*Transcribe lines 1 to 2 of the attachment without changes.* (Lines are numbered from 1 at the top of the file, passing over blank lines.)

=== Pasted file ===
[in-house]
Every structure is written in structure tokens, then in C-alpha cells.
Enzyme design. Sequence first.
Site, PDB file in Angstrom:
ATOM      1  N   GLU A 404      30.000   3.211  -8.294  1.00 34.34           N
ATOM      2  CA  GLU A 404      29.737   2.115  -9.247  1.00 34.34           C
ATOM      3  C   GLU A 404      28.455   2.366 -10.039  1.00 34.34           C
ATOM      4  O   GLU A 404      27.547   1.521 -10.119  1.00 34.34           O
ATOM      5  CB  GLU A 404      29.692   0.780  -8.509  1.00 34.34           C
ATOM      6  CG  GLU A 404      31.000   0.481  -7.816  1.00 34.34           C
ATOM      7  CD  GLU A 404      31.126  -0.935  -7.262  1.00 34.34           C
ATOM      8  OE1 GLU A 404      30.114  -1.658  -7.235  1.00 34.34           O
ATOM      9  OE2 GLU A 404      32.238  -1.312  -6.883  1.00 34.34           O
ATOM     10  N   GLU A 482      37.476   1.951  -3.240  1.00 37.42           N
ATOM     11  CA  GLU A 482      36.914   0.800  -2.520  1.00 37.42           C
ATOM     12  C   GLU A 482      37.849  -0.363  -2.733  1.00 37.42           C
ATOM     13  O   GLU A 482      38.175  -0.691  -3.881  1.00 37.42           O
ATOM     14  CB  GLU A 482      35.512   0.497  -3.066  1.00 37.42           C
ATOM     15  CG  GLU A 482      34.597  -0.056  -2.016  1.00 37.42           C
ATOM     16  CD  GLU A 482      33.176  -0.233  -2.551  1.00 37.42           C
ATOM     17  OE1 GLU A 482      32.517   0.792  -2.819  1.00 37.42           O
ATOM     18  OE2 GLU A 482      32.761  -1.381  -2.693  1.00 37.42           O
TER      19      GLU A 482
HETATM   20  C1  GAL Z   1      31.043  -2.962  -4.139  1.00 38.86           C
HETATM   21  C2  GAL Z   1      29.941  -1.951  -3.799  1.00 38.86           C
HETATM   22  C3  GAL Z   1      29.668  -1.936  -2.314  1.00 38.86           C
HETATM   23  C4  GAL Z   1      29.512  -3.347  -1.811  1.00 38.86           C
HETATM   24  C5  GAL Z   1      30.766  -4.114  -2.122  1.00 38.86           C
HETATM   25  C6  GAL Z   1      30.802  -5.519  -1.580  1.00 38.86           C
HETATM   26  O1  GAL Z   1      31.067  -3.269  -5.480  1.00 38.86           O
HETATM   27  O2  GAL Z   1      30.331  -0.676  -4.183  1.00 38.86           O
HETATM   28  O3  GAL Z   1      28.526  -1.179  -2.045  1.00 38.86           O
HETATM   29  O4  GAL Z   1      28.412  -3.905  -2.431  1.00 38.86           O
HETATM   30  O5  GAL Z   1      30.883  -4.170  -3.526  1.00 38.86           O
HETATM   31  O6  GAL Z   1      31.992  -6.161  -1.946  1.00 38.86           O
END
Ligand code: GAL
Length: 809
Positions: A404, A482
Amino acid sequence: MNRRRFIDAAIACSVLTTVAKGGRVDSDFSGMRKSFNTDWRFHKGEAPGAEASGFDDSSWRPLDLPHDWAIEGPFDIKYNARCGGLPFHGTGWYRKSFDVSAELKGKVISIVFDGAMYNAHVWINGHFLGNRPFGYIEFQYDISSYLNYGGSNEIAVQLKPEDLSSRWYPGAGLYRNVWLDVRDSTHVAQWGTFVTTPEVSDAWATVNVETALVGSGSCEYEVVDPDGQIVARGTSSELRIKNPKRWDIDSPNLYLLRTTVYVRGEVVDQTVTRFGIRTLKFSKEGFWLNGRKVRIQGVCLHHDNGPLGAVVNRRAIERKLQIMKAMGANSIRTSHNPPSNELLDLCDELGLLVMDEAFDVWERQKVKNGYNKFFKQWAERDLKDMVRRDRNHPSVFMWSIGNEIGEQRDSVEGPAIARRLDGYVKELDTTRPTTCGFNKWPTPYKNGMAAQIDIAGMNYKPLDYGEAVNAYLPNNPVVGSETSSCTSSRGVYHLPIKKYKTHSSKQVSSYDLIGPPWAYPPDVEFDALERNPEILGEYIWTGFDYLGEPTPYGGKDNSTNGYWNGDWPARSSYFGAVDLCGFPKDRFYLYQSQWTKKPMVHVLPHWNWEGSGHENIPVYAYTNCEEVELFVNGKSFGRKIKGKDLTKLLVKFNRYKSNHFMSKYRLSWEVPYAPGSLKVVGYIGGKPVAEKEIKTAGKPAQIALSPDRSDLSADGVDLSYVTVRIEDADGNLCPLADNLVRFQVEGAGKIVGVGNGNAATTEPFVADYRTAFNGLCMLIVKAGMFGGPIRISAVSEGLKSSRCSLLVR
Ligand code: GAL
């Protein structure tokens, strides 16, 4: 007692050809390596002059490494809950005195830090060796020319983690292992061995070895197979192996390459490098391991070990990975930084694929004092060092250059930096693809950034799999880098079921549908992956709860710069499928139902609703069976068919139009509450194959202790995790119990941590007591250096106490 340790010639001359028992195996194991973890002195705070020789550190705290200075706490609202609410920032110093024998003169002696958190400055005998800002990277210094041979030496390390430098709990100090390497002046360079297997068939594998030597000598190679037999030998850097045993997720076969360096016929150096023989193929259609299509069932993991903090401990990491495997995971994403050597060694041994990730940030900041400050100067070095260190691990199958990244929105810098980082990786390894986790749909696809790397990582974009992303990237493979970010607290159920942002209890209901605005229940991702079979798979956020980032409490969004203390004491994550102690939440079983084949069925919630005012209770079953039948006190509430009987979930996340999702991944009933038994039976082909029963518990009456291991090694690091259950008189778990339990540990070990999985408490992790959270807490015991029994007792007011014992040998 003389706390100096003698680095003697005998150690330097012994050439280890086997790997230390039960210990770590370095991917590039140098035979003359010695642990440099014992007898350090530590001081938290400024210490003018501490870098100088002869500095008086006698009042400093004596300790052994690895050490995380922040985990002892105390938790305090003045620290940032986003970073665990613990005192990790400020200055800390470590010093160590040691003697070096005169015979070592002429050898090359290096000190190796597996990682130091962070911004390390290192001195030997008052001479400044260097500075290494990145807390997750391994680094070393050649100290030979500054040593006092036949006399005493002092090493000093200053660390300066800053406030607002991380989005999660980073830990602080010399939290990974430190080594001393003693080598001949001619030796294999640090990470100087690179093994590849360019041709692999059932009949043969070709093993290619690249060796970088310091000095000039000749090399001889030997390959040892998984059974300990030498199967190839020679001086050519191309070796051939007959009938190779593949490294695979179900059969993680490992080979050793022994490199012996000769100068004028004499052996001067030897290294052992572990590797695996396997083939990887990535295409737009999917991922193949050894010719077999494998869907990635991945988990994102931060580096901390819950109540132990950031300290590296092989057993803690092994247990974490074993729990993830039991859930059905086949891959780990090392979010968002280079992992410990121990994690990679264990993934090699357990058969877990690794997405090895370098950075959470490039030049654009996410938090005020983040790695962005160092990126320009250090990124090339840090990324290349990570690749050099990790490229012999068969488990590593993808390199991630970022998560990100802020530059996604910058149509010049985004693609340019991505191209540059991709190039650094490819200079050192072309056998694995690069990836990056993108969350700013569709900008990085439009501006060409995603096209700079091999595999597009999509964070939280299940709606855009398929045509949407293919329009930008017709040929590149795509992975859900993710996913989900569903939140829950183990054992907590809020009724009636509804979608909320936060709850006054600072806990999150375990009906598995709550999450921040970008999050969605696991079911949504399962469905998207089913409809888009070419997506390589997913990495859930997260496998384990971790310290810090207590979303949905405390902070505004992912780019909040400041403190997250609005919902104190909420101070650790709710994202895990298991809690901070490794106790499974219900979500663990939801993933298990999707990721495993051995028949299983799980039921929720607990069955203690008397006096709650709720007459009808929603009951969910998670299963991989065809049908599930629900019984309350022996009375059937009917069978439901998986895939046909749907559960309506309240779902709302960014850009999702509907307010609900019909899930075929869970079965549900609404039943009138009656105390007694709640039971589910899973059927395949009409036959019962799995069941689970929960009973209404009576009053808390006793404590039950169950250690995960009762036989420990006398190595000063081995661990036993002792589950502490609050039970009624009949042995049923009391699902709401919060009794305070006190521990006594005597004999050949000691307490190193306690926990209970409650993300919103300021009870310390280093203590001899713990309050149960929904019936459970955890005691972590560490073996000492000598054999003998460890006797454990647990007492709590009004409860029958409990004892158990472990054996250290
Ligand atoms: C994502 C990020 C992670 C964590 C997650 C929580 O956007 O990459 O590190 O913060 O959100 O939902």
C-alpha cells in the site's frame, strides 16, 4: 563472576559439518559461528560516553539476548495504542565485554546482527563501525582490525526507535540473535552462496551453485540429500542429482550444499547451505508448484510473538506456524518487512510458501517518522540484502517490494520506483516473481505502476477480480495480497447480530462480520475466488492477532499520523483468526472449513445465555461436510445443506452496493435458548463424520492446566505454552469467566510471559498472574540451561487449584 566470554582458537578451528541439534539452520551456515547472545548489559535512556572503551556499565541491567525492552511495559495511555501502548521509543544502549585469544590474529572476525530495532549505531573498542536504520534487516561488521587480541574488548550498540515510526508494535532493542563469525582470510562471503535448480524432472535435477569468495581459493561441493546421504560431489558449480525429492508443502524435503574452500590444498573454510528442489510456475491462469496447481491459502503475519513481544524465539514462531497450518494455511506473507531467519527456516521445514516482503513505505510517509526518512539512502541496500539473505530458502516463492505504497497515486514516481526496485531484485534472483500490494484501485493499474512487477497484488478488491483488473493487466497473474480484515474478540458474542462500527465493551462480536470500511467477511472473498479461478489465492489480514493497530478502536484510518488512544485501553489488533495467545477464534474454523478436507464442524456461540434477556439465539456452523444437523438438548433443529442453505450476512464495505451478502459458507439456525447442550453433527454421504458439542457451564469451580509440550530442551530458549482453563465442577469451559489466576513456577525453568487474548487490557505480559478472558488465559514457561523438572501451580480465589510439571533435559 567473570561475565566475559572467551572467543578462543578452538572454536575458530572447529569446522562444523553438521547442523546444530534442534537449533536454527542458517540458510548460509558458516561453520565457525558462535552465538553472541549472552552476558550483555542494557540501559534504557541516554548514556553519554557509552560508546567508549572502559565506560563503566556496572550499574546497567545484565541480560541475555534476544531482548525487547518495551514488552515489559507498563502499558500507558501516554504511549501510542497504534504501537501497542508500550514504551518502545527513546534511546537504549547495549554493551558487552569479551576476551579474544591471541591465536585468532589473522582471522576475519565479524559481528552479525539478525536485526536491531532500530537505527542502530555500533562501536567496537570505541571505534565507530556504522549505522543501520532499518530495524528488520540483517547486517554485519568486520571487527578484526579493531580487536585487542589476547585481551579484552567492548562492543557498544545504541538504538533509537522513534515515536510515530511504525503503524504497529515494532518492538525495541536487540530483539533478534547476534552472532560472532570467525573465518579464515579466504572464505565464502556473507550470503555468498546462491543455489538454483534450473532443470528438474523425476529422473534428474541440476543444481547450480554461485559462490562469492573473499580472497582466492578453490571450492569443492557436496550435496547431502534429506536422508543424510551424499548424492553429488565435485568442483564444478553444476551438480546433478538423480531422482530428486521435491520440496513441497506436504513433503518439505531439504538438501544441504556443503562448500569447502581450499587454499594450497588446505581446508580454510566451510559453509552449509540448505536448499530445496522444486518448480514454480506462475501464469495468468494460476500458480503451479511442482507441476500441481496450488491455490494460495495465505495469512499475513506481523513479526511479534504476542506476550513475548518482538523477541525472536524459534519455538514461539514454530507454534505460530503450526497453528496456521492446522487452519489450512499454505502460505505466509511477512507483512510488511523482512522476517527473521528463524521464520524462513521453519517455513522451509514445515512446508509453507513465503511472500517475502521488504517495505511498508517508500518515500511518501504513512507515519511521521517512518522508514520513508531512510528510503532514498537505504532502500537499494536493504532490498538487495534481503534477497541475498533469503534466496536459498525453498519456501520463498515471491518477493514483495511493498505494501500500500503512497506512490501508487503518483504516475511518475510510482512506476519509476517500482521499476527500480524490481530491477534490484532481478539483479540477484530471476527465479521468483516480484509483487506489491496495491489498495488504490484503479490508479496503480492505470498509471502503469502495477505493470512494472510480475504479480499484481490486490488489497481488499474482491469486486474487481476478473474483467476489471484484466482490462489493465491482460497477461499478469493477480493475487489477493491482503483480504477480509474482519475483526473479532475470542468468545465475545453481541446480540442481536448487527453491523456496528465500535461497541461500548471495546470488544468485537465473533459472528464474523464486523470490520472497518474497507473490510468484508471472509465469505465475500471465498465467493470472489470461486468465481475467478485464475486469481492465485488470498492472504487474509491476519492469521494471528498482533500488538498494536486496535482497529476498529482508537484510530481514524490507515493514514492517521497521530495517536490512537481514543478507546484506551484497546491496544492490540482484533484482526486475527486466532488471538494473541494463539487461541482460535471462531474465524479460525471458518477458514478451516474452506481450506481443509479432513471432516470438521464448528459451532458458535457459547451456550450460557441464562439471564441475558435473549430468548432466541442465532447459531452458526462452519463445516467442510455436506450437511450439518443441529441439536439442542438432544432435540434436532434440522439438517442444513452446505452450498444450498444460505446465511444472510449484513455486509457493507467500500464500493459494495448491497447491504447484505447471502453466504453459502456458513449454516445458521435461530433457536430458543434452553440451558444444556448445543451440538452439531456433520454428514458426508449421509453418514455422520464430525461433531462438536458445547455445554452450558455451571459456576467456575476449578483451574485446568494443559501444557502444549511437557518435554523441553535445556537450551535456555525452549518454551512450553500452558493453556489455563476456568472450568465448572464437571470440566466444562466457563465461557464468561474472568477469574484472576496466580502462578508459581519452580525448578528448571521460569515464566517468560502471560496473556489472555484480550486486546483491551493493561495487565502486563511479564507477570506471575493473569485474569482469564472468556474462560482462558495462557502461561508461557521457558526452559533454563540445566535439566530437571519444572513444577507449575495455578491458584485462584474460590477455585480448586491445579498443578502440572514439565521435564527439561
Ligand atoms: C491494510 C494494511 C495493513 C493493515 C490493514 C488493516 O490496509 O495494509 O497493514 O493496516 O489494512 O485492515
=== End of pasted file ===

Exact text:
[in-house]
Every structure is written in structure tokens, then in C-alpha cells.